Tony Benn addresses an anti-austerity march. Photo: Getty Images
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I backed Tony Benn - but now I'm backing Yvette Cooper, not Jeremy Corbyn

I remember the excitement of backing Tony Benn, my admiration for Michael Foot - and my devastation when Margaret Thatcher won a majority of 140. Don't let it happen again, warns Jack Dromey.

Yvette speaks of her first demonstration as a child, the great People’s March for Jobs in 1981. I remember it well. As a young officer of the T&G and Secretary of the South East TUC, I was one of the three organisers of the greatest march on unemployment since Jarrow. As it descended from Liverpool to London, the People’s March captured the imagination of millions and mobilised hundreds of thousands. As the march reached London, 70,000 young people attended Rock for Jobs in Brockwell Park on the Saturday and then, on the Sunday, a quarter of a million cheered the marchers as they entered Trafalgar Square.

I remember also in the same year the heady atmosphere of the Benn Campaign for deputy leader of the Labour Party. I was part of that campaign because I passionately believed in a left future for Britain, and I admired our leader Michael Foot. I do to this day. It seemed at the time as if the whole world was at our feet. Then, two years later, we went down to a crushing defeat. Thatcher, who had so devastated our manufacturing base that at one stage the T&G was losing 100,000 members a year, won a majority of 140, the biggest Conservative majority since the War.

In the trade union movement, we were devastated. But one leading figure in the Labour Party summed up just how, as a bitterly divided party, we had become out of touch. She said “at least we had the right policies.” At least we had the right policies? So we were right and the people were wrong. Even after the defeat this showed just how fundamentally we misunderstood our relationship with the electorate. 

For this, we then paid a heavy, heavy price. The miners, the printers, the dockers, all went down to crushing defeats. One particularly nasty employer told me ‘she will soon sort you militants out.’ We lost millions of members. The magnificent miners may have marched back to work, heads held high behind their lodge banners. But the Tories had won. 18 bitter years in the wilderness followed of what seemed then like eternal opposition. We must not repeat the mistakes of history.    

Following our unexpected defeat, a disappointed rage grips our Party. I share that sense of dismay and I too am angry about what this Government will now do and I am determined we fight back. But Yvette is absolutely right when she says it is no use just being angry with the world. We want to change the world. That is why tens of thousands are joining our party. For them and above all for the country we have to fight back and win. Both. Fight the Tories every inch of the way. But ultimately we have to win.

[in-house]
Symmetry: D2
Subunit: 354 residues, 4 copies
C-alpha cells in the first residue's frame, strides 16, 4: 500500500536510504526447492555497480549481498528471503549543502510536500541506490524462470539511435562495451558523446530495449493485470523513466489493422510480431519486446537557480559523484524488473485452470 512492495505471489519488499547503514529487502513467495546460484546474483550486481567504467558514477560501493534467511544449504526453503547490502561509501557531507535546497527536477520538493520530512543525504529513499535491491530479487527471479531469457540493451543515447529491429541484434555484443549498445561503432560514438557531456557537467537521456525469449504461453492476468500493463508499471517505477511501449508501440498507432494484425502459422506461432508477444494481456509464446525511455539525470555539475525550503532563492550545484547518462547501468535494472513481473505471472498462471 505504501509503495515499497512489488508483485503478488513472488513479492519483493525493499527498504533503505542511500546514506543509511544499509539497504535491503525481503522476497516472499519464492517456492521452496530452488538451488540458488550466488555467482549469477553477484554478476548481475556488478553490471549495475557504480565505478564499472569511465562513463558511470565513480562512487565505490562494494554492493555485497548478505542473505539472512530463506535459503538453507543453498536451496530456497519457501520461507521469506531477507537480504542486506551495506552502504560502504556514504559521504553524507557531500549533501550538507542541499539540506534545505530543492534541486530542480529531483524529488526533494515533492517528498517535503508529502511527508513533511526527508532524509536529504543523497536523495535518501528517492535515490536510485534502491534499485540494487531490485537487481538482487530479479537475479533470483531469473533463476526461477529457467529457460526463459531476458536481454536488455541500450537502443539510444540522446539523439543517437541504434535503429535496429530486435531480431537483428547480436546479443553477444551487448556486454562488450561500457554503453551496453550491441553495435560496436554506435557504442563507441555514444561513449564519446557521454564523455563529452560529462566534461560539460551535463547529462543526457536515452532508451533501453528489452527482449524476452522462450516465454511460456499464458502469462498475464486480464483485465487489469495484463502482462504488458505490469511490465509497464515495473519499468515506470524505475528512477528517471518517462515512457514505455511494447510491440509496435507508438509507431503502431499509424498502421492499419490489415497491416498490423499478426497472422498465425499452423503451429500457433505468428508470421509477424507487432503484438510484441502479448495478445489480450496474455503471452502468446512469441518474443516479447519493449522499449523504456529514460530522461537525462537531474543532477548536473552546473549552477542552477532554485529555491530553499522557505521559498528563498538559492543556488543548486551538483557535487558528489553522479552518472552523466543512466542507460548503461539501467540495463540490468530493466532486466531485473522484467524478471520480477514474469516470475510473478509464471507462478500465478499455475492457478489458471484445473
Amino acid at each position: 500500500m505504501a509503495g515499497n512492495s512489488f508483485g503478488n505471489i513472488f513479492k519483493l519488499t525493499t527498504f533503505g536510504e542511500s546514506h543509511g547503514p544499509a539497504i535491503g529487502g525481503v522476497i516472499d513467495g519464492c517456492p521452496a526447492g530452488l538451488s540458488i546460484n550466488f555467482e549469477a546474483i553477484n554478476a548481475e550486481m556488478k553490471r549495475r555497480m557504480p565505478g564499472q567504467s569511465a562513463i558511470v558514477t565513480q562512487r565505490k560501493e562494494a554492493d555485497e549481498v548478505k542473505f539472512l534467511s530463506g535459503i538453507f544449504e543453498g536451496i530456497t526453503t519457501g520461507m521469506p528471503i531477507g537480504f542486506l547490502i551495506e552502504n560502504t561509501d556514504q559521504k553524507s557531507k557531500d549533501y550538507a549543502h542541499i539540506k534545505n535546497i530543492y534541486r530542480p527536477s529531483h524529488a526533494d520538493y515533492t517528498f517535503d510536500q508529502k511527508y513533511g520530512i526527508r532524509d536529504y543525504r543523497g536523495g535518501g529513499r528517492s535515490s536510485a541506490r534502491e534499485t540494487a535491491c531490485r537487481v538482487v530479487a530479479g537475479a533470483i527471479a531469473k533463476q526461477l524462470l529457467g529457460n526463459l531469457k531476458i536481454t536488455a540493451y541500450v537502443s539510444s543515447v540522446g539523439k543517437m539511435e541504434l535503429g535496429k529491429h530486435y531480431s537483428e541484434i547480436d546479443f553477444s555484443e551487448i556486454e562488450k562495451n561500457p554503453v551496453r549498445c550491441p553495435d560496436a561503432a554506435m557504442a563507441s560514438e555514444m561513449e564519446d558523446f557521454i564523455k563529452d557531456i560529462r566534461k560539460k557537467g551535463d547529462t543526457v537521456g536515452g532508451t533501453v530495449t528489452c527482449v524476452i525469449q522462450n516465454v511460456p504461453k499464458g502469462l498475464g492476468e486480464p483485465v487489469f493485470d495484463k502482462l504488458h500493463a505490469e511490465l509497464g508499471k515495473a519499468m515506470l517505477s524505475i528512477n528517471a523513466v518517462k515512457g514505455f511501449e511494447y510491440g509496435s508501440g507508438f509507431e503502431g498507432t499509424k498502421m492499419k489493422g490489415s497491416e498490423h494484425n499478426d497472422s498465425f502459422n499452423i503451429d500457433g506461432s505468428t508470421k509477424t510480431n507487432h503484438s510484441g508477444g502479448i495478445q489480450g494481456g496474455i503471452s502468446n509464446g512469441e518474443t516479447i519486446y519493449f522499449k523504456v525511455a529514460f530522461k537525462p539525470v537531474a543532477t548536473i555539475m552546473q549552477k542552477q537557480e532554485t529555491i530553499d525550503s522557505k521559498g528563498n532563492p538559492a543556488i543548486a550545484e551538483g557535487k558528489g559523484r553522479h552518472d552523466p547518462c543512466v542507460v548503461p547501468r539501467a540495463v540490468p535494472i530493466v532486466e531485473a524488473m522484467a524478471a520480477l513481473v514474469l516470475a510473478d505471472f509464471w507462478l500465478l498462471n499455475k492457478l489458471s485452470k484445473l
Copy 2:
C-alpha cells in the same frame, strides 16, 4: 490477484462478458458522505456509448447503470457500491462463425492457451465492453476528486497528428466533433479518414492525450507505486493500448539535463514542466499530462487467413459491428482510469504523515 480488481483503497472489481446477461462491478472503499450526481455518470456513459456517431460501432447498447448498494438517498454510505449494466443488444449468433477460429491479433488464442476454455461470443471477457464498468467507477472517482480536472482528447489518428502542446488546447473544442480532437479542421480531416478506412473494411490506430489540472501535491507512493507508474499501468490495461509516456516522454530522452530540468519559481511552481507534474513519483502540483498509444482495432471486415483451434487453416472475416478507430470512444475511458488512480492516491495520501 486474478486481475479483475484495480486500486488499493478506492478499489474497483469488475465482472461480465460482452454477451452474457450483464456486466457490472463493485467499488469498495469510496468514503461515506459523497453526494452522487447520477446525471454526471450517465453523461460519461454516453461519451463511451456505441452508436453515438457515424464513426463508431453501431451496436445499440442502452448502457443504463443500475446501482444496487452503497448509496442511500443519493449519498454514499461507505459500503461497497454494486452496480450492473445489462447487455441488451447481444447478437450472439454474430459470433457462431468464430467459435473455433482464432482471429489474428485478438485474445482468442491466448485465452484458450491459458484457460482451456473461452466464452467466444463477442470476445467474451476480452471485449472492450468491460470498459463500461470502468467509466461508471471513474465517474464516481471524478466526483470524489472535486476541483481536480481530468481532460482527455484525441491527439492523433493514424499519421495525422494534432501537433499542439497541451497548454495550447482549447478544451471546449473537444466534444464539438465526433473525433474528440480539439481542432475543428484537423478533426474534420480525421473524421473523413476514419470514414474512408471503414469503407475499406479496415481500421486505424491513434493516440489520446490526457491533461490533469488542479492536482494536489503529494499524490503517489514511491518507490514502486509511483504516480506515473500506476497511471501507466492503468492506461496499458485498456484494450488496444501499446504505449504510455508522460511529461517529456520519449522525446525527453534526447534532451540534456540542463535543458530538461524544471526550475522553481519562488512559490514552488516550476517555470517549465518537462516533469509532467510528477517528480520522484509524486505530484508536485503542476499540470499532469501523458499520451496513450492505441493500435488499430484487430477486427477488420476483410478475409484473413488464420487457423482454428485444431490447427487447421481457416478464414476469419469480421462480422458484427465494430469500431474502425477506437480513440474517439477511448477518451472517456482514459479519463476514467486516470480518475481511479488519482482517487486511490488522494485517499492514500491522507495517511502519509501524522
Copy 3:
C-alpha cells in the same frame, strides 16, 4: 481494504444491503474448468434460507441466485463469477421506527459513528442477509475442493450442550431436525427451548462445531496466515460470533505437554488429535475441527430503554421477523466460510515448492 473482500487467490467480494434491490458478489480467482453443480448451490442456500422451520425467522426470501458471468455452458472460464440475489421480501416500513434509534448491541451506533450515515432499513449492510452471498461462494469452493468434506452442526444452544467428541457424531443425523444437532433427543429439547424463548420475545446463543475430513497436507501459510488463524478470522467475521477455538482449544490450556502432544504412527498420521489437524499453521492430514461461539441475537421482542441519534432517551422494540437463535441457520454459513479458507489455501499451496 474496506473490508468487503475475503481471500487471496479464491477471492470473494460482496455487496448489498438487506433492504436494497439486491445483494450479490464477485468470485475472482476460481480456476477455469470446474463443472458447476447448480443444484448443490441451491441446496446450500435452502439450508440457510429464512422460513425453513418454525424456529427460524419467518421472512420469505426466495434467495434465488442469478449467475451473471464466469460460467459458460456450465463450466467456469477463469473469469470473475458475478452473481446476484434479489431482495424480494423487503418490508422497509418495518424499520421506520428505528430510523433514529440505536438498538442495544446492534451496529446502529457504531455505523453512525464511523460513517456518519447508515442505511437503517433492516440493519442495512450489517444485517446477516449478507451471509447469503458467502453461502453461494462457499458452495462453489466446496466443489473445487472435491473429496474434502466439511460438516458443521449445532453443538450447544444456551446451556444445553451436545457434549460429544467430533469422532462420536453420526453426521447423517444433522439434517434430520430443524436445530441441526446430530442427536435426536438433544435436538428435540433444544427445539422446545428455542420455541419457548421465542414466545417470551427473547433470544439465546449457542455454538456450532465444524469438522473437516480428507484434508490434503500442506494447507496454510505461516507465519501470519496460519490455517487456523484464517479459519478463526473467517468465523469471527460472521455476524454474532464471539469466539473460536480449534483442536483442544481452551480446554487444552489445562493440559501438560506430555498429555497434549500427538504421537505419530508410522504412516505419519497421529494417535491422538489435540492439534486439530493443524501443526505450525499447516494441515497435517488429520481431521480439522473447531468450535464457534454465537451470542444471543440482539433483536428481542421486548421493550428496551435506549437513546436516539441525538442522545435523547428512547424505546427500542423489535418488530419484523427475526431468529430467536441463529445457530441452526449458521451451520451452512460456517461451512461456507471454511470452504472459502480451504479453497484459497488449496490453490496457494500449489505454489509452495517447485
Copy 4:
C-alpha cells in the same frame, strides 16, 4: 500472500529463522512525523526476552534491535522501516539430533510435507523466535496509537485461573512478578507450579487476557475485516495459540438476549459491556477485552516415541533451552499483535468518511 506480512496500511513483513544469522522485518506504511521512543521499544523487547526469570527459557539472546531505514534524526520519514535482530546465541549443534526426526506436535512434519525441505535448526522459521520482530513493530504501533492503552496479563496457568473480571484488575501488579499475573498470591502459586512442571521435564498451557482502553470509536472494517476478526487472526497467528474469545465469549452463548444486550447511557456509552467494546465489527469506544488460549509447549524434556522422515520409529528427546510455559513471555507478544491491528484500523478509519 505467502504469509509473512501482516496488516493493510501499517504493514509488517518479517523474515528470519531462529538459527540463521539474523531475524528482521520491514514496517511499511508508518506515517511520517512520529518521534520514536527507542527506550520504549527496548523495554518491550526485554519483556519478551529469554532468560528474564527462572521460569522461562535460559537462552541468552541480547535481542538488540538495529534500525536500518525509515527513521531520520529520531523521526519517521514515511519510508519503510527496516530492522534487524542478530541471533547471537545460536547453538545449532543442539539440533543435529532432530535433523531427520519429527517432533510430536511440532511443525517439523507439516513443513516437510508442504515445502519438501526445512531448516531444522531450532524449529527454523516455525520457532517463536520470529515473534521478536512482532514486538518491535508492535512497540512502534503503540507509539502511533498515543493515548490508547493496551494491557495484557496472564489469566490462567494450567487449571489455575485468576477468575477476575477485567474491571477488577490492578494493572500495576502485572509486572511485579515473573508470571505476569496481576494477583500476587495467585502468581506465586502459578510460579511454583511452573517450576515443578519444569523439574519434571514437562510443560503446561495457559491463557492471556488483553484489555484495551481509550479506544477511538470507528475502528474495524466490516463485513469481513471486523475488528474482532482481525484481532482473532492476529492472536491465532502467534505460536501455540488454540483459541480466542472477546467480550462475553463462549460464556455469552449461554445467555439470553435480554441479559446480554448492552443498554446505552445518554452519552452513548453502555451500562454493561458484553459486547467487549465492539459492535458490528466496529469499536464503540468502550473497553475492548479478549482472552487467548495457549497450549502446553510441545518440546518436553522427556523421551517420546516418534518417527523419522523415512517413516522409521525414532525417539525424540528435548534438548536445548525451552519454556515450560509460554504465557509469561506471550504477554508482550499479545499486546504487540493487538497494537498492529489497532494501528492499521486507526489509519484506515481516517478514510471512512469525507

It cannot be right that ever again we preside over decline, comfortable and preserving our credentials. Once again asserting ‘at least we had the right policies.’ It cannot be right not least because the Tories are out to break the labour movement once and for all with their boundary changes and attack upon the Trade Unions.   

It cannot be right because those we represent will pay a heavy price if we go on losing. They, not us, will be the big losers. I want to win for Angela whose disabled son was stoned in Kingstanding in my constituency, Erdington days after George Osborne’s infamous shirkers and strivers speech. Her 12 year old son was the victim of a whispering campaign because she was accused of ‘having a car on benefits’, yes through Motability. I want to win in memory of Stephanie, the Meriden grandmother hit hard by the infamous Bedroom Tax who threw herself in despair under a lorry and committed suicide. 

I want to win for the ever-lengthening queues of people in my advice surgeries desperate for a decent home at a price they can afford. I want to win because I cannot bear the thought of Erdington’s wonderful Children’s Centres, much loved by kids and parents alike, closing. Do you know what? I want to win to wipe the smile off David Cameron’s and George Osborne’s faces. They are ‘loving’, in Cameron’s words, every minute of our discomfort and division.